Who We Are
What We Do
This document reflects results on a prospective future before a seismic shift occurred. The research we present here is no longer a good indication of what is to come, but a good indication of how things were.
Due to the COVID-19 global pandemic, the future of work is marked by uncertainty. The data reflected in this document was captured in a different reality than the one we face now. Rather than examining this data as we would a photograph, with clarity of picture and a solid sense of perspective, perhaps we can now assess it as we would a Post-Impressionist painting: the data that populates our vision has a blurred sense to it, but it still allows us a unique understanding of a bygone time. This document reflects results on a prospective future before a seismic shift occurred. The research we present here is no longer a good indication of what is to come, but a good indication of how things were. The world we did live in continues to provide the foundation that we hope to rebuild, rehabilitate, and re-envision.
The future of work, pre-COVID-19, was already rapidly changing due to the ever-evolving possibilities of technology. COVID-19 generated a shift in our value systems, priorities, investments, processes, access, and understanding of what is and is not possible. The Work Force has shifted in drastic and devastating ways, and yet innovation and coming together in adversity is still possible. Technological innovation has enabled rapid responses to the crisis, just as it has supported the productive shifts in work and Work Culture necessitated by the impact of the crisis. It is our hope that this document can help us understand previous blind spots and opportunities and function as a springboard to discover—in this time of ambiguity, anxiety, and loss—possibilities.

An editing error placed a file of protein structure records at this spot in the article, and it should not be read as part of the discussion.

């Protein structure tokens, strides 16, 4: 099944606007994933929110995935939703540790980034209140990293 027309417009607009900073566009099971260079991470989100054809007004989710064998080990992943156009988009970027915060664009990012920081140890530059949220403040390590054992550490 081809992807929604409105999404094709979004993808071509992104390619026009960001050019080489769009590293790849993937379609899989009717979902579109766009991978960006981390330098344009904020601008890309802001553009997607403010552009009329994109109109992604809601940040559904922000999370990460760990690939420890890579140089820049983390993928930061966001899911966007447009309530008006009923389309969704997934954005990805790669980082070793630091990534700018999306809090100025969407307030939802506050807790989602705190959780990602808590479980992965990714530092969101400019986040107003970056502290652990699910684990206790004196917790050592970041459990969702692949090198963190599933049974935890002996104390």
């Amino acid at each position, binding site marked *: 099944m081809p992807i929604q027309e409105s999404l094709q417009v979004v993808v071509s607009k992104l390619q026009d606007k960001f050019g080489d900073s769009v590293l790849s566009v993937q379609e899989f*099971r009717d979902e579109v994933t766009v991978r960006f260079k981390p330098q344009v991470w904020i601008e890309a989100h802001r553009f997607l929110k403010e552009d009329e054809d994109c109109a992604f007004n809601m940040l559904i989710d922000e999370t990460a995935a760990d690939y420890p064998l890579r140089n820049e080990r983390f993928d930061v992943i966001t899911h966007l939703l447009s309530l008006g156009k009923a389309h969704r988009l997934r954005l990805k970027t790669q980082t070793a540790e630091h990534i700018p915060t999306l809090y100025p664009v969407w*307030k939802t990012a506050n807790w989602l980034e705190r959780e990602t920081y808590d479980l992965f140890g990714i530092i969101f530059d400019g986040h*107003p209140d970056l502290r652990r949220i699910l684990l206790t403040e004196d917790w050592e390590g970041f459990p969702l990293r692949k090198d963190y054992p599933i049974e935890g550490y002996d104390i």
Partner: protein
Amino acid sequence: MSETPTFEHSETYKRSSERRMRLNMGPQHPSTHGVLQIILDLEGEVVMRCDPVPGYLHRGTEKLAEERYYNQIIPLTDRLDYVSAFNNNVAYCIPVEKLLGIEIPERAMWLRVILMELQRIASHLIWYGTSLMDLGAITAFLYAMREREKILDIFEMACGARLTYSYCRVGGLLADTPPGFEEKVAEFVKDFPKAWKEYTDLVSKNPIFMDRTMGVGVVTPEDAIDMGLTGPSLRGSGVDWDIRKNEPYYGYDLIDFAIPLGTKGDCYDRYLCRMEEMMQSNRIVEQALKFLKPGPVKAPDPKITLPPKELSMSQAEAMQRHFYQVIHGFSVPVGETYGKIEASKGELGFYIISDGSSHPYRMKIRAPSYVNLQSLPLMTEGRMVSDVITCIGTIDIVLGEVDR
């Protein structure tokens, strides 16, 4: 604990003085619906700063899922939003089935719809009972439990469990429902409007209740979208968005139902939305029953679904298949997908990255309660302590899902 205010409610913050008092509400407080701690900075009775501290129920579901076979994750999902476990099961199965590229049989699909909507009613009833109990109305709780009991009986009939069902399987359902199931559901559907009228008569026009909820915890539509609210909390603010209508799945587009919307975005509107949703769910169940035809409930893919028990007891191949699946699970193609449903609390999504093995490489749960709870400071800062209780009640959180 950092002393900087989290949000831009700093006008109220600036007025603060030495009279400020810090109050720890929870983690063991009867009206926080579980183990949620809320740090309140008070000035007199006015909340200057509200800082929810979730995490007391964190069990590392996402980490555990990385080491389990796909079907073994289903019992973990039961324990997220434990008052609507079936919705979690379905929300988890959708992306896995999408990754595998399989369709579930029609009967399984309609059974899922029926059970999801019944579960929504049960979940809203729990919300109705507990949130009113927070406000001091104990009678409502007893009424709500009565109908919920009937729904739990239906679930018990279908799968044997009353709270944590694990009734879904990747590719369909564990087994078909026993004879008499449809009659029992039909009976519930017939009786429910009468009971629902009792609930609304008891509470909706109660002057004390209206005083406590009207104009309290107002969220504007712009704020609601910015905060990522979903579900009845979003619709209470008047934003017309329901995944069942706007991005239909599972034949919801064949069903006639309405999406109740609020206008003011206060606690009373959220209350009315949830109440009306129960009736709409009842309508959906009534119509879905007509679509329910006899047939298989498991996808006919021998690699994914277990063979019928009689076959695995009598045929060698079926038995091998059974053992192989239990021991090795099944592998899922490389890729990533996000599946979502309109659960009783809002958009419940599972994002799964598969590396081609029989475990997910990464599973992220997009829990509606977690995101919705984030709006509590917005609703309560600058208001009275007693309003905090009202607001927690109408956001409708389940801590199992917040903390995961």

The technology focus of Canadian organizations has shifted since provinces implemented lockdown measures. Previously, organizations were focused on Work Culture and how to attract, retain, and reskill the right talents. In the current context, we have seen Canadian organizations shift their attention to business continuity and the safety of their employees through investments focused on Work Space and technologies that allow for remote work.
Technologies were evaluated in terms of their ability to augment or replace human work, and while organizations have had to rethink their strategic priorities for 2020 and beyond, the penetration of technology in the workplace will not disappear. On the contrary, we have seen an acceleration of innovation in Canada in the first half of 2020 in order for organizations to remain agile and respond to the continuously evolving health and safety guidelines mandated by the various levels of government.
We believe that this “next normal,” typically referred to as a post-COVID-19 state, will continue to see rapid innovation and agile development of technologies to allow for continuous digital transformation. In this context, most of what we previously knew will be impacted: education as a concept and practice, the location of work and offices, and the ways organizations and their ecosystems collaborate. While human work will be augmented and replaced in some situations, human skills such as compassion, adaptability, and problem solving will be more valuable than ever.
The purpose of this paper is to look at technology adoption in Canada in relation to the future of work and workplace transformation. Even in a pre-COVID-19 world, we were witnessing workplace transformation: advanced technologies like smart digital assistants, robotic process automation, augmented reality, and artificial intelligence were already here, while more mature evolutions like remote working and smart buildings were already more generally adopted.